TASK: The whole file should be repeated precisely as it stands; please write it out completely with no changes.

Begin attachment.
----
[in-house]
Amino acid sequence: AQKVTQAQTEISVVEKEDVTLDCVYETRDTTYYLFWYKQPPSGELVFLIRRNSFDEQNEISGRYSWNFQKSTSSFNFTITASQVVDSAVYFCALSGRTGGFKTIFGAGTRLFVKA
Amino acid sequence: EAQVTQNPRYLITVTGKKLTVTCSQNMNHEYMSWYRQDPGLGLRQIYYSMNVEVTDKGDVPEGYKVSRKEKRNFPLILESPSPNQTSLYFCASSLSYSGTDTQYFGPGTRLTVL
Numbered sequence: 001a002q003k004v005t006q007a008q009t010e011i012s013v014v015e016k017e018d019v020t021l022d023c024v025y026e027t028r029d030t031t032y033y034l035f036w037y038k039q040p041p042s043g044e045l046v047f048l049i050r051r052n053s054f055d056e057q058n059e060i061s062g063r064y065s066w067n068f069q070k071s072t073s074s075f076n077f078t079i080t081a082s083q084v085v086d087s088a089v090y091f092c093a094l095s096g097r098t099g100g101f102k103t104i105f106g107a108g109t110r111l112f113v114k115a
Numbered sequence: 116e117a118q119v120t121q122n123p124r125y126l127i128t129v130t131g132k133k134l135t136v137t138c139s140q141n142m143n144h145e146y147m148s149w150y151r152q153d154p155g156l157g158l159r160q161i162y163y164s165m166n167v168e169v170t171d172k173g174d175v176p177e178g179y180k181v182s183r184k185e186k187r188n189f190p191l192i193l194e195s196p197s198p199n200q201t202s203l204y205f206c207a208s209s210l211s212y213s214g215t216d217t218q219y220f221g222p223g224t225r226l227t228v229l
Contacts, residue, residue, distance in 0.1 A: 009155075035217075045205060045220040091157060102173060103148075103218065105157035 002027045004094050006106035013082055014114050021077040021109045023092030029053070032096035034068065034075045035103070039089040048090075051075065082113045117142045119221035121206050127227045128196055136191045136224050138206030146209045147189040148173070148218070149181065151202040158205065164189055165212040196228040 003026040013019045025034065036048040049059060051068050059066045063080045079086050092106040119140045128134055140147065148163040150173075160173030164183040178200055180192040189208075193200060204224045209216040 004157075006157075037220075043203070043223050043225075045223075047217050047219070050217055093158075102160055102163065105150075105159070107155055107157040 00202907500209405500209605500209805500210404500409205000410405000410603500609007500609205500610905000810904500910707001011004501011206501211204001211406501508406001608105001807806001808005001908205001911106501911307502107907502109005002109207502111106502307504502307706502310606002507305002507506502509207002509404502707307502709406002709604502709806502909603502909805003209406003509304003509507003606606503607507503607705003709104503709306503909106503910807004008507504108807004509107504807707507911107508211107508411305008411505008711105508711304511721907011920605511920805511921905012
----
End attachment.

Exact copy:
[in-house]
Amino acid sequence: AQKVTQAQTEISVVEKEDVTLDCVYETRDTTYYLFWYKQPPSGELVFLIRRNSFDEQNEISGRYSWNFQKSTSSFNFTITASQVVDSAVYFCALSGRTGGFKTIFGAGTRLFVKA
Amino acid sequence: EAQVTQNPRYLITVTGKKLTVTCSQNMNHEYMSWYRQDPGLGLRQIYYSMNVEVTDKGDVPEGYKVSRKEKRNFPLILESPSPNQTSLYFCASSLSYSGTDTQYFGPGTRLTVL
Numbered sequence: 001a002q003k004v005t006q007a008q009t010e011i012s013v014v015e016k017e018d019v020t021l022d023c024v025y026e027t028r029d030t031t032y033y034l035f036w037y038k039q040p041p042s043g044e045l046v047f048l049i050r051r052n053s054f055d056e057q058n059e060i061s062g063r064y065s066w067n068f069q070k071s072t073s074s075f076n077f078t079i080t081a082s083q084v085v086d087s088a089v090y091f092c093a094l095s096g097r098t099g100g101f102k103t104i105f106g107a108g109t110r111l112f113v114k115a
Numbered sequence: 116e117a118q119v120t121q122n123p124r125y126l127i128t129v130t131g132k133k134l135t136v137t138c139s140q141n142m143n144h145e146y147m148s149w150y151r152q153d154p155g156l157g158l159r160q161i162y163y164s165m166n167v168e169v170t171d172k173g174d175v176p177e178g179y180k181v182s183r184k185e186k187r188n189f190p191l192i193l194e195s196p197s198p199n200q201t202s203l204y205f206c207a208s209s210l211s212y213s214g215t216d217t218q219y220f221g222p223g224t225r226l227t228v229l
Contacts, residue, residue, distance in 0.1 A: 009155075035217075045205060045220040091157060102173060103148075103218065105157035 002027045004094050006106035013082055014114050021077040021109045023092030029053070032096035034068065034075045035103070039089040048090075051075065082113045117142045119221035121206050127227045128196055136191045136224050138206030146209045147189040148173070148218070149181065151202040158205065164189055165212040196228040 003026040013019045025034065036048040049059060051068050059066045063080045079086050092106040119140045128134055140147065148163040150173075160173030164183040178200055180192040189208075193200060204224045209216040 004157075006157075037220075043203070043223050043225075045223075047217050047219070050217055093158075102160055102163065105150075105159070107155055107157040 00202907500209405500209605500209805500210404500409205000410405000410603500609007500609205500610905000810904500910707001011004501011206501211204001211406501508406001608105001807806001808005001908205001911106501911307502107907502109005002109207502111106502307504502307706502310606002507305002507506502509207002509404502707307502709406002709604502709806502909603502909805003209406003509304003509507003606606503607507503607705003709104503709306503909106503910807004008507504108807004509107504807707507911107508211107508411305008411505008711105508711304511721907011920605511920805511921905012